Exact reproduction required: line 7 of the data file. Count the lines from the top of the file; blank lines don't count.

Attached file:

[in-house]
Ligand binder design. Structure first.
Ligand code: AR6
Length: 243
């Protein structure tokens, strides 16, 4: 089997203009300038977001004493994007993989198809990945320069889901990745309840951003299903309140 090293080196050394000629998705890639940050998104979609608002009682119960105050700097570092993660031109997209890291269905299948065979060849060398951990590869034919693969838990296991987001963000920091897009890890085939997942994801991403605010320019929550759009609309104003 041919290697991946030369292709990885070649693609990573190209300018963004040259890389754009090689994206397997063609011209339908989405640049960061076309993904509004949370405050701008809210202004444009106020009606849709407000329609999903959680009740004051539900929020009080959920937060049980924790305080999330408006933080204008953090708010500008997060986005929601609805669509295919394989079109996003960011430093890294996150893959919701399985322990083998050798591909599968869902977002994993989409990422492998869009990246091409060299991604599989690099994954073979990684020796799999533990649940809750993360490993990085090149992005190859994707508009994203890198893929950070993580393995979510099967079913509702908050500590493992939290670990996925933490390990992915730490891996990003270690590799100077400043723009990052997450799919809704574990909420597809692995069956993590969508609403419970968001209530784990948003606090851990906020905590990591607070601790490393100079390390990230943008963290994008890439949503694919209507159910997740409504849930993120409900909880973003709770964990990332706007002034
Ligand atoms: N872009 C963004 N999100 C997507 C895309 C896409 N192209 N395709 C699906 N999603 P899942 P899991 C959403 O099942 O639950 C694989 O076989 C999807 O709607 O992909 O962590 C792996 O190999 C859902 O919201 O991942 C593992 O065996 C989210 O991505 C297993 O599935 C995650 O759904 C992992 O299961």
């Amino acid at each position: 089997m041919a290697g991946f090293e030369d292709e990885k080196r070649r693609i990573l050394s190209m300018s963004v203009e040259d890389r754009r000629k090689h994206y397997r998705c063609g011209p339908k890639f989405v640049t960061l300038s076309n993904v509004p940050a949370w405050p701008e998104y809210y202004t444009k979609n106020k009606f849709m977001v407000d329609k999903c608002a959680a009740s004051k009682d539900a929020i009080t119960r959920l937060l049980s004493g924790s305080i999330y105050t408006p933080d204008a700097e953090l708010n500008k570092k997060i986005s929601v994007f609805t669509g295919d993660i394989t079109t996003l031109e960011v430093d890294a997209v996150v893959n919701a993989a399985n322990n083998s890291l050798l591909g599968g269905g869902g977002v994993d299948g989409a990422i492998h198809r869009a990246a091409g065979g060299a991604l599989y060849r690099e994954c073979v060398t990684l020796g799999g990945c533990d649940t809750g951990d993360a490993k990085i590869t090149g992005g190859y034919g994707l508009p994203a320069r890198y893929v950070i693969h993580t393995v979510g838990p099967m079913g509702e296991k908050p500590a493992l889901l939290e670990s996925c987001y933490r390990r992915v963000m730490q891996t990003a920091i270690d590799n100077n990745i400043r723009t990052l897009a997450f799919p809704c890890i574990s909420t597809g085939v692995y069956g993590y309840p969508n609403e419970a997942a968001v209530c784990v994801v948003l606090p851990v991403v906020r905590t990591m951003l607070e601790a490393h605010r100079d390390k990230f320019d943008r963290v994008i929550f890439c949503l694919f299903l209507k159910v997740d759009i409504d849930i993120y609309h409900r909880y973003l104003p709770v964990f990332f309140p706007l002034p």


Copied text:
């Amino acid at each position: 089997m041919a290697g991946f090293e030369d292709e990885k080196r070649r693609i990573l050394s190209m300018s963004v203009e040259d890389r754009r000629k090689h994206y397997r998705c063609g011209p339908k890639f989405v640049t960061l300038s076309n993904v509004p940050a949370w405050p701008e998104y809210y202004t444009k979609n106020k009606f849709m977001v407000d329609k999903c608002a959680a009740s004051k009682d539900a929020i009080t119960r959920l937060l049980s004493g924790s305080i999330y105050t408006p933080d204008a700097e953090l708010n500008k570092k997060i986005s929601v994007f609805t669509g295919d993660i394989t079109t996003l031109e960011v430093d890294a997209v996150v893959n919701a993989a399985n322990n083998s890291l050798l591909g599968g269905g869902g977002v994993d299948g989409a990422i492998h198809r869009a990246a091409g065979g060299a991604l599989y060849r690099e994954c073979v060398t990684l020796g799999g990945c533990d649940t809750g951990d993360a490993k990085i590869t090149g992005g190859y034919g994707l508009p994203a320069r890198y893929v950070i693969h993580t393995v979510g838990p099967m079913g509702e296991k908050p500590a493992l889901l939290e670990s996925c987001y933490r390990r992915v963000m730490q891996t990003a920091i270690d590799n100077n990745i400043r723009t990052l897009a997450f799919p809704c890890i574990s909420t597809g085939v692995y069956g993590y309840p969508n609403e419970a997942a968001v209530c784990v994801v948003l606090p851990v991403v906020r905590t990591m951003l607070e601790a490393h605010r100079d390390k990230f320019d943008r963290v994008i929550f890439c949503l694919f299903l209507k159910v997740d759009i409504d849930i993120y609309h409900r909880y973003l104003p709770v964990f990332f309140p706007l002034p």